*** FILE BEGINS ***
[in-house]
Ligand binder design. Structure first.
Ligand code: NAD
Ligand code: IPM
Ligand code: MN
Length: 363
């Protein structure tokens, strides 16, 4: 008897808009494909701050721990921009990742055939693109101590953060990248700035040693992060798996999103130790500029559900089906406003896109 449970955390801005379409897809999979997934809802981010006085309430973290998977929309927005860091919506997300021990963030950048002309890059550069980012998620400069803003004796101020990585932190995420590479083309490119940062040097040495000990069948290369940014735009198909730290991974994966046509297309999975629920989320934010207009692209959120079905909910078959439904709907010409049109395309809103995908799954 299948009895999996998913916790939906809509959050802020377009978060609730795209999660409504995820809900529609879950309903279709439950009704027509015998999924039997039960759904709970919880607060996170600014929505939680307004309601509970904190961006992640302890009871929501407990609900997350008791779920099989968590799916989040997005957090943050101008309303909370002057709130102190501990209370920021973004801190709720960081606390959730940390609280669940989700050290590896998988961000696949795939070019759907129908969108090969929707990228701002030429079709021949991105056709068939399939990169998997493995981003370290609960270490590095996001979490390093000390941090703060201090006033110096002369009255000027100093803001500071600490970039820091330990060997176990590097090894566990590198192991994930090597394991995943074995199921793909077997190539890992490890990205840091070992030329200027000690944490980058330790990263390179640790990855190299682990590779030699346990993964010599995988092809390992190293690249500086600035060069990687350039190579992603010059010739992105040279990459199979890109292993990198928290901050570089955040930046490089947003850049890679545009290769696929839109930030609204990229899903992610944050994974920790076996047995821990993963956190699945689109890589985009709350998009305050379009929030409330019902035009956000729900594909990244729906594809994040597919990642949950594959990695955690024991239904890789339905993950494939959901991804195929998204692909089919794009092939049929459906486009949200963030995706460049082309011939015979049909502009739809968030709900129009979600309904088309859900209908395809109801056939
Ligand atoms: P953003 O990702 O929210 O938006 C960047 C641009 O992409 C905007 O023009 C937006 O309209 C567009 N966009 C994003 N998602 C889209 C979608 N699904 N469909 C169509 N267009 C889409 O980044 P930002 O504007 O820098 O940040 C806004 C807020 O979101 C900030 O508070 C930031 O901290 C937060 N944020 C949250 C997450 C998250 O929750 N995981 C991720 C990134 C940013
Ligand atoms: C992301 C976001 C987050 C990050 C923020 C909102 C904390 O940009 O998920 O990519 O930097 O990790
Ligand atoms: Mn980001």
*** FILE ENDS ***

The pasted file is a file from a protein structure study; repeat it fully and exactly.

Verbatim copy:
[in-house]
Ligand binder design. Structure first.
Ligand code: NAD
Ligand code: IPM
Ligand code: MN
Length: 363
């Protein structure tokens, strides 16, 4: 008897808009494909701050721990921009990742055939693109101590953060990248700035040693992060798996999103130790500029559900089906406003896109 449970955390801005379409897809999979997934809802981010006085309430973290998977929309927005860091919506997300021990963030950048002309890059550069980012998620400069803003004796101020990585932190995420590479083309490119940062040097040495000990069948290369940014735009198909730290991974994966046509297309999975629920989320934010207009692209959120079905909910078959439904709907010409049109395309809103995908799954 299948009895999996998913916790939906809509959050802020377009978060609730795209999660409504995820809900529609879950309903279709439950009704027509015998999924039997039960759904709970919880607060996170600014929505939680307004309601509970904190961006992640302890009871929501407990609900997350008791779920099989968590799916989040997005957090943050101008309303909370002057709130102190501990209370920021973004801190709720960081606390959730940390609280669940989700050290590896998988961000696949795939070019759907129908969108090969929707990228701002030429079709021949991105056709068939399939990169998997493995981003370290609960270490590095996001979490390093000390941090703060201090006033110096002369009255000027100093803001500071600490970039820091330990060997176990590097090894566990590198192991994930090597394991995943074995199921793909077997190539890992490890990205840091070992030329200027000690944490980058330790990263390179640790990855190299682990590779030699346990993964010599995988092809390992190293690249500086600035060069990687350039190579992603010059010739992105040279990459199979890109292993990198928290901050570089955040930046490089947003850049890679545009290769696929839109930030609204990229899903992610944050994974920790076996047995821990993963956190699945689109890589985009709350998009305050379009929030409330019902035009956000729900594909990244729906594809994040597919990642949950594959990695955690024991239904890789339905993950494939959901991804195929998204692909089919794009092939049929459906486009949200963030995706460049082309011939015979049909502009739809968030709900129009979600309904088309859900209908395809109801056939
Ligand atoms: P953003 O990702 O929210 O938006 C960047 C641009 O992409 C905007 O023009 C937006 O309209 C567009 N966009 C994003 N998602 C889209 C979608 N699904 N469909 C169509 N267009 C889409 O980044 P930002 O504007 O820098 O940040 C806004 C807020 O979101 C900030 O508070 C930031 O901290 C937060 N944020 C949250 C997450 C998250 O929750 N995981 C991720 C990134 C940013
Ligand atoms: C992301 C976001 C987050 C990050 C923020 C909102 C904390 O940009 O998920 O990519 O930097 O990790
Ligand atoms: Mn980001």